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Meditation Gardens & Spaces

For those of us with just a little too much on our plates, meditation is a great way to re-center and re-focus. While meditation gardens and huts are not necessary to reap the numerous benefits of meditation, if you have the chance, why not incorporate one into your home or landscape this spring?

This cave-like outdoor space by Gregory Lombardi design provides a sheltered and secluded area for thinking and reflecting in nature.

Meditation Gardens & Spaces

Landscape Architecture by Gregory Lombardi Design

Another way to transform an outdoor space and add an artful and calming element is through elaborate stonework, as seen in this terrace space by Gregory Lombardi design. The beautiful design brings added beauty to this quiet sitting space.

Meditation Gardens & Spaces

Landscape Architecture by Gregory Lombardi Design

If you’d prefer to be in the open air, this space by kdturner design incorporates a large stone Buddha. The statue looks at home amongst the scattered planted trees. Just imagine soaking up the afternoon sun in this bright and beautiful outdoor space.

Landscape Architecture by kdturner

This more manicured landscape incorporates clean, straight lines and a lit stone Buddha statue. Bluestone slabs of varying lengths add a creative, serene touch.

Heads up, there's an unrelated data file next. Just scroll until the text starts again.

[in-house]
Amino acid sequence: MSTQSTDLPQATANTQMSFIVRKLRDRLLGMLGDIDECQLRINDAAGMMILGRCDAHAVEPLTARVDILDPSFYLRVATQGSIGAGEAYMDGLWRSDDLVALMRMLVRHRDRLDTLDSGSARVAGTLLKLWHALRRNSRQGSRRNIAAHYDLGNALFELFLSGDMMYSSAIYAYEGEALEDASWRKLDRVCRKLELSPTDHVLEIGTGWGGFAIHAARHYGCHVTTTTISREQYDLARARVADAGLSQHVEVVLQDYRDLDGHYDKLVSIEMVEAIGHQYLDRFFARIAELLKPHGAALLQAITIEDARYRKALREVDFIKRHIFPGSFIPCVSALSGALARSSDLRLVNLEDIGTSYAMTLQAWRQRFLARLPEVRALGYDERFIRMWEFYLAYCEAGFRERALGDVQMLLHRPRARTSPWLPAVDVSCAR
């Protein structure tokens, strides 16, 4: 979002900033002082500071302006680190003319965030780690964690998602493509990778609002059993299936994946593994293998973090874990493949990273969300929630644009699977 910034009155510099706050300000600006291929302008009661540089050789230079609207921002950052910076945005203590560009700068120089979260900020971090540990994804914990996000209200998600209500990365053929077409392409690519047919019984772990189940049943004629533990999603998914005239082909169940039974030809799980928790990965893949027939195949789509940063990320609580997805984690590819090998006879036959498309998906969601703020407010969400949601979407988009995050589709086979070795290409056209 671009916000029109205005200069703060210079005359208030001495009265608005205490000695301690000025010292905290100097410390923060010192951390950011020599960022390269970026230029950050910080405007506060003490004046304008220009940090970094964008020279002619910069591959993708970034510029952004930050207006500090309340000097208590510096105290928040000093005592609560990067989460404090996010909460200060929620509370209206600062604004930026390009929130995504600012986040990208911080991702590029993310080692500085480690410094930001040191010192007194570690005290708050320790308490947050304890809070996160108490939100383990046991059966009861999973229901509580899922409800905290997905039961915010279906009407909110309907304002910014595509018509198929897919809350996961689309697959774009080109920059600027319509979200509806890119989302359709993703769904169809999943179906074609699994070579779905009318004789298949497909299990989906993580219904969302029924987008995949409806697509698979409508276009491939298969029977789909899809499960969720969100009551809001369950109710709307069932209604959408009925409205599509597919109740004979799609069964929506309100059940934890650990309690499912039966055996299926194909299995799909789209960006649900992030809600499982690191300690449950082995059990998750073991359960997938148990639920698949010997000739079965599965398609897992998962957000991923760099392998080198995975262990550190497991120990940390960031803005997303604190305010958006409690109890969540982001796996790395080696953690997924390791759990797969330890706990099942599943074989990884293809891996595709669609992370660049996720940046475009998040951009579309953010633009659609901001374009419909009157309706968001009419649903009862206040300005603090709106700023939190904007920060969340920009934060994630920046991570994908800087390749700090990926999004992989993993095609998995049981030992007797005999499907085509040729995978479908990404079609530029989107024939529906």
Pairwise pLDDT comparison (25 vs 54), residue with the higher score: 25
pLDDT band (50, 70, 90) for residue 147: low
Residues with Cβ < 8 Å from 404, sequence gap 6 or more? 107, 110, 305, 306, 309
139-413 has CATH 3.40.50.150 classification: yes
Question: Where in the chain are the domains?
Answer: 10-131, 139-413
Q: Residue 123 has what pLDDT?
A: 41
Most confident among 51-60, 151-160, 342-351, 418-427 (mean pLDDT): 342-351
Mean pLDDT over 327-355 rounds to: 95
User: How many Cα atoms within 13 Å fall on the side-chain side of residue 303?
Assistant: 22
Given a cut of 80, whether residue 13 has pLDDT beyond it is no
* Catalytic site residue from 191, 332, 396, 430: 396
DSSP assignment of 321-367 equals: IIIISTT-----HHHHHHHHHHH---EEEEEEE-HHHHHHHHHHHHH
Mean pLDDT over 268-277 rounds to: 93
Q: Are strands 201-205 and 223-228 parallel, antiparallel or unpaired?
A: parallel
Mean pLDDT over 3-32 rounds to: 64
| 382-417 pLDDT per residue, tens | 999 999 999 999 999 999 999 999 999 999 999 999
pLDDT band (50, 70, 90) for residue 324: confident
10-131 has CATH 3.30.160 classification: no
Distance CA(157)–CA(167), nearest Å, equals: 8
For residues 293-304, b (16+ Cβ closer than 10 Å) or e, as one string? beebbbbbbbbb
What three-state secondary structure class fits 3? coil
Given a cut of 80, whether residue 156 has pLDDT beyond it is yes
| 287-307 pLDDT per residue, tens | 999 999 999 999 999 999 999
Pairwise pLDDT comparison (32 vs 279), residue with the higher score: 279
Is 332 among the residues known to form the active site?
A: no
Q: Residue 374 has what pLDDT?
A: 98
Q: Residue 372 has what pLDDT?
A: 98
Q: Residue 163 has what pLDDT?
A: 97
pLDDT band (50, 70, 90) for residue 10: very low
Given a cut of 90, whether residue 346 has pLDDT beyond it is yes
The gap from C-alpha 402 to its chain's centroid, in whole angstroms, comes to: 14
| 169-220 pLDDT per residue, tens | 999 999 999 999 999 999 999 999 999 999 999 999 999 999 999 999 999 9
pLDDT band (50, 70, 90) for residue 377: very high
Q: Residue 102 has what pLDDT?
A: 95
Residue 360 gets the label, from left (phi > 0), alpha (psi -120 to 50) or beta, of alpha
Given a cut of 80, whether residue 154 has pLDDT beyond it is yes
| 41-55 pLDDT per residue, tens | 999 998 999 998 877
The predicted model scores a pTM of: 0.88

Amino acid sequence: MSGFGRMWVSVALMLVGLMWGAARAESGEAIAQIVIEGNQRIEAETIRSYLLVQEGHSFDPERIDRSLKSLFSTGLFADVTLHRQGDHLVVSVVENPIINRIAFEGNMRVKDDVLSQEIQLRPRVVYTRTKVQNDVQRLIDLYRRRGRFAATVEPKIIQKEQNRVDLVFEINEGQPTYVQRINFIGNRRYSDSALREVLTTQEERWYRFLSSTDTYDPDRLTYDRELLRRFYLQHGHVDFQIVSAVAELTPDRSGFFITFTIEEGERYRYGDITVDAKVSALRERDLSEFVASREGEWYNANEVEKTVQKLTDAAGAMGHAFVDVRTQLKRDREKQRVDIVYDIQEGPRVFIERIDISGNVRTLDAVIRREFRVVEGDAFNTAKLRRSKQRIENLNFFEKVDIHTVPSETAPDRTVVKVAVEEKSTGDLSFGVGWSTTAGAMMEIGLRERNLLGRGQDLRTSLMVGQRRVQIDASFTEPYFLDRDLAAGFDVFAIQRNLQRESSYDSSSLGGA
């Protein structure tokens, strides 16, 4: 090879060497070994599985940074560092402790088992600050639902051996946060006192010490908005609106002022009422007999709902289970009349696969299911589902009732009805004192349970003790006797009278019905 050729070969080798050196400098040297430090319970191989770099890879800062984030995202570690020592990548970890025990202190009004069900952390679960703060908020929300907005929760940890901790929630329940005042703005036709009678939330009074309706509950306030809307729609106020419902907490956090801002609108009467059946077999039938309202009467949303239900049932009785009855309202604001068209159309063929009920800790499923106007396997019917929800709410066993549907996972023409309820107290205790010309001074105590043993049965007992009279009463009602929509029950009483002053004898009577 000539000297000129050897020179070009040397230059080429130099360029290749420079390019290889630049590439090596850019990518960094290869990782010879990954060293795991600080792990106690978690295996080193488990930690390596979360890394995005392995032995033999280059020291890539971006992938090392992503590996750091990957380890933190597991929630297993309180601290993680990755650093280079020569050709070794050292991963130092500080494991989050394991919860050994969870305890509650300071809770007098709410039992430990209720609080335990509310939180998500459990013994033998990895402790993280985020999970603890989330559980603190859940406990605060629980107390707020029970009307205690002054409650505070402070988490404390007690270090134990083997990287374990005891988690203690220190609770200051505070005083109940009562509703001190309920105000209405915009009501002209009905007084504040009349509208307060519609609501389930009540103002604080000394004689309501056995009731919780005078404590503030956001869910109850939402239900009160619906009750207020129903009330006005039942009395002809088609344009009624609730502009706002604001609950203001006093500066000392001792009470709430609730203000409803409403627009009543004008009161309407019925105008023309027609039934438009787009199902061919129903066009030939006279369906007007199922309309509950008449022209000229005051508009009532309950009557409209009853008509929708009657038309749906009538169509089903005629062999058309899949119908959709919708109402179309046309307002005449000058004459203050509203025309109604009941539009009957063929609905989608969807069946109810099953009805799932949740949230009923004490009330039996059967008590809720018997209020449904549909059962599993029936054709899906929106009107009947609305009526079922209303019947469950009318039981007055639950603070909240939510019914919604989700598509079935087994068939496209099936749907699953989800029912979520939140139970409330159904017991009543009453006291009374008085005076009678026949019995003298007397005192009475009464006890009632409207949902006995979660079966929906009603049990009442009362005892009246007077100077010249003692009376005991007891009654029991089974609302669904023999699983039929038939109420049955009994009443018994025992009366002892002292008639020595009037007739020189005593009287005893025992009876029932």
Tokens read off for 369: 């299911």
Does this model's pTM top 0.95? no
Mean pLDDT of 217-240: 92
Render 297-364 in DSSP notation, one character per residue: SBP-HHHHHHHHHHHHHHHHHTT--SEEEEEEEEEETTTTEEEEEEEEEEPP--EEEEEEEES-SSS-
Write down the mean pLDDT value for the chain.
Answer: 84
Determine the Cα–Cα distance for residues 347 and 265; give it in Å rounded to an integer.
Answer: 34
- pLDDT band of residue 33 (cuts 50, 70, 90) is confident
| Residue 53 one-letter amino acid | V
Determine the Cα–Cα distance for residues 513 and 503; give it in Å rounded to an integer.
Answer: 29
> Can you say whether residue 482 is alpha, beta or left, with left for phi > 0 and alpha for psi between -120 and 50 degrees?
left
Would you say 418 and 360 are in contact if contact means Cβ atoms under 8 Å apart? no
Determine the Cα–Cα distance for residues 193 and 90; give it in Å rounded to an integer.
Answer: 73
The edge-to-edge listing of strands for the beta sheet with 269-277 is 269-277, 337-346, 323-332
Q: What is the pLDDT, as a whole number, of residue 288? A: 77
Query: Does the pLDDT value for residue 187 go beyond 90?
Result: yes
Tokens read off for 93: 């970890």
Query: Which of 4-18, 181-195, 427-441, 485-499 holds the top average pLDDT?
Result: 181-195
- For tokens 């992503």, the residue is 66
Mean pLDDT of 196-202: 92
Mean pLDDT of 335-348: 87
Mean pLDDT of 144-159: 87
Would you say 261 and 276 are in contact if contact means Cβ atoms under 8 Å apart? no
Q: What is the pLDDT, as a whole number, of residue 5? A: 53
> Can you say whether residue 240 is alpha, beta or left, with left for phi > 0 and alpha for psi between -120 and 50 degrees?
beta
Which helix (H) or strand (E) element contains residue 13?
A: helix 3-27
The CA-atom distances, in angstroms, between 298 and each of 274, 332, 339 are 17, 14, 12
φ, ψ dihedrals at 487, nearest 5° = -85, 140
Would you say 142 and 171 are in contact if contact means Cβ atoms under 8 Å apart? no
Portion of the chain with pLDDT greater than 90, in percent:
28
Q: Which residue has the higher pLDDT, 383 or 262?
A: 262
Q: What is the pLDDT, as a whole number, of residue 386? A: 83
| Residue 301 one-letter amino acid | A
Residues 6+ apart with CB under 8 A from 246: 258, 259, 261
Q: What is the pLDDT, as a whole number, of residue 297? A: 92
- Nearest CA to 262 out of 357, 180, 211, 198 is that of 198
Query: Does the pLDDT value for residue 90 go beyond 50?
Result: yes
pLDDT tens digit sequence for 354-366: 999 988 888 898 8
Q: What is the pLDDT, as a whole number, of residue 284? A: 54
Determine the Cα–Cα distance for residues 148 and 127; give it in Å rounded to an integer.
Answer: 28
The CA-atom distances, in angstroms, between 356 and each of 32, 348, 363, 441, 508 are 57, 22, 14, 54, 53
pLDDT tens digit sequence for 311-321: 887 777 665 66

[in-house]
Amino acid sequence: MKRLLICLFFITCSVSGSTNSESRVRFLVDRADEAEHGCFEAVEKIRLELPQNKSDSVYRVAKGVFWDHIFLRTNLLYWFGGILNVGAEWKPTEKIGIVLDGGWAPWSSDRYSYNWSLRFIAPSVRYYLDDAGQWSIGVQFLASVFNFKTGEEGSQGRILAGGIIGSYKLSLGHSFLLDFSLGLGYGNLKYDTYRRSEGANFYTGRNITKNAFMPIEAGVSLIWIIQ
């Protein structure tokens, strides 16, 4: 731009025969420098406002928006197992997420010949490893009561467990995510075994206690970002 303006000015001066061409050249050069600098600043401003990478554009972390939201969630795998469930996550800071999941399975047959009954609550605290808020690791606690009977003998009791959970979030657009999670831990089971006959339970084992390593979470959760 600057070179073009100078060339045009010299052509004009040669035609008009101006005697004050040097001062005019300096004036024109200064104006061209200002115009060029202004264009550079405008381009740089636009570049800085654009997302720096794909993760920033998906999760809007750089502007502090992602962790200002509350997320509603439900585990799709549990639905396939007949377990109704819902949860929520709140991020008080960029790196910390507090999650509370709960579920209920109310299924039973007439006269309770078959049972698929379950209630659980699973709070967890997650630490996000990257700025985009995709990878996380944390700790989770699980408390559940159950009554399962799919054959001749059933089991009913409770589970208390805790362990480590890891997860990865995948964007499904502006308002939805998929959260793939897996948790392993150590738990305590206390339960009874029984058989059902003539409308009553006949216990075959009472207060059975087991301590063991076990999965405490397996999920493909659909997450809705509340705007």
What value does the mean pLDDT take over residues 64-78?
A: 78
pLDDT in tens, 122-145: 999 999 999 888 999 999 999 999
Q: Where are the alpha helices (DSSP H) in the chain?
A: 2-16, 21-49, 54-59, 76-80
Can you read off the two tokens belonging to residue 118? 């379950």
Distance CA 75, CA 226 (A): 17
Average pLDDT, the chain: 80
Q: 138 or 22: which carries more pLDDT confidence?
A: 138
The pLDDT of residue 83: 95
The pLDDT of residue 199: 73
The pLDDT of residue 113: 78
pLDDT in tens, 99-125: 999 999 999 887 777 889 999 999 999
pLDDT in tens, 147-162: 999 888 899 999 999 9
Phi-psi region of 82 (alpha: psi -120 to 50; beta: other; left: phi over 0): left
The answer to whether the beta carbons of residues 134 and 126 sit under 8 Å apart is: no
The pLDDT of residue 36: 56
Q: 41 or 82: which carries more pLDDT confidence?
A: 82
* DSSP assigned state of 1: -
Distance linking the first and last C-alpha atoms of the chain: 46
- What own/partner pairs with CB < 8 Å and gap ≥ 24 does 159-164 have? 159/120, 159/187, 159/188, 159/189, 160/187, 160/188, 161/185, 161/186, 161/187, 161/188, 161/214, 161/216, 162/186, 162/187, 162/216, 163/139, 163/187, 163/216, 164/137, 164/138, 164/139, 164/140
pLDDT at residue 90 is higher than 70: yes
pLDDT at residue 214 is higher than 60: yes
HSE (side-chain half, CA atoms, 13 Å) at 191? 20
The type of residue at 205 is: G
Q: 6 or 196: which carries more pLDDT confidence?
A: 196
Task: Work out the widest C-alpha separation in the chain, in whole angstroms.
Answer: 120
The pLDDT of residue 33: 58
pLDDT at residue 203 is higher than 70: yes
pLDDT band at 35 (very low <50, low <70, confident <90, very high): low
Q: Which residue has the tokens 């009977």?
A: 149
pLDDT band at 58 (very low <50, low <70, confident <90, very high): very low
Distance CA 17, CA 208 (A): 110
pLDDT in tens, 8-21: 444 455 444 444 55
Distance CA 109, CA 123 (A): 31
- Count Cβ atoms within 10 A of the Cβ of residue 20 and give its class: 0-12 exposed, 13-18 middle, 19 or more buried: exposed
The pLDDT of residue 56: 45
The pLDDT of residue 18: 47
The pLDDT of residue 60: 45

Meditation Gardens & Spaces

Custom Home Built by Thoughtforms Corporation; Architecture by Adolfo Perez Architect; Architectural Millwork by Herrick & White Ltd.; Photography by Richard Mandelkorn

In this outdoor landscape, order is imposed on disorder—a long, straight wooden path sits atop a beautifully wild garden of ferns and other greenery. Simply set up a chair and soak in the surroundings.

Landscape Architecture by Wagner Hodgson

Meditation huts are another way to create a more structured space for reflecting and relaxing. This simple triangular meditation hut below blends gorgeously with the surrounding tall pines and evergreens, and creates a quiet and secluded space.

Moskow Linn Architects

For those living in southern climes, this wonderful white adobe structure incorporates a fire element. Sitting and watching the dancing flames of a fire is said to have powerful meditative effects.

Overmyer Architects

Even city-dwellers can build meditation huts, if they’re lucky enough to have a rooftop to themselves. This beautiful Chinese teahouse-inspired hut is a great place to gain some perspective.

Metal Roof Network

Finally, meditation spaces can be incorporated indoors too, and can really be any room that you can retreat to. We love this space by MGA | Marcus Gleysteen Architects, where beautiful floor-to-ceiling windows allow an unobstructed view of the forest outdoors.

Architecture by MGA | Marcus Gleysteen Architects

If you’re expecting visitors, place small floor pillows on the floor for added comfort. Light wood and filtered sunlight make this space soothing, serene, and calming. 

Architecture by John Lum Architecture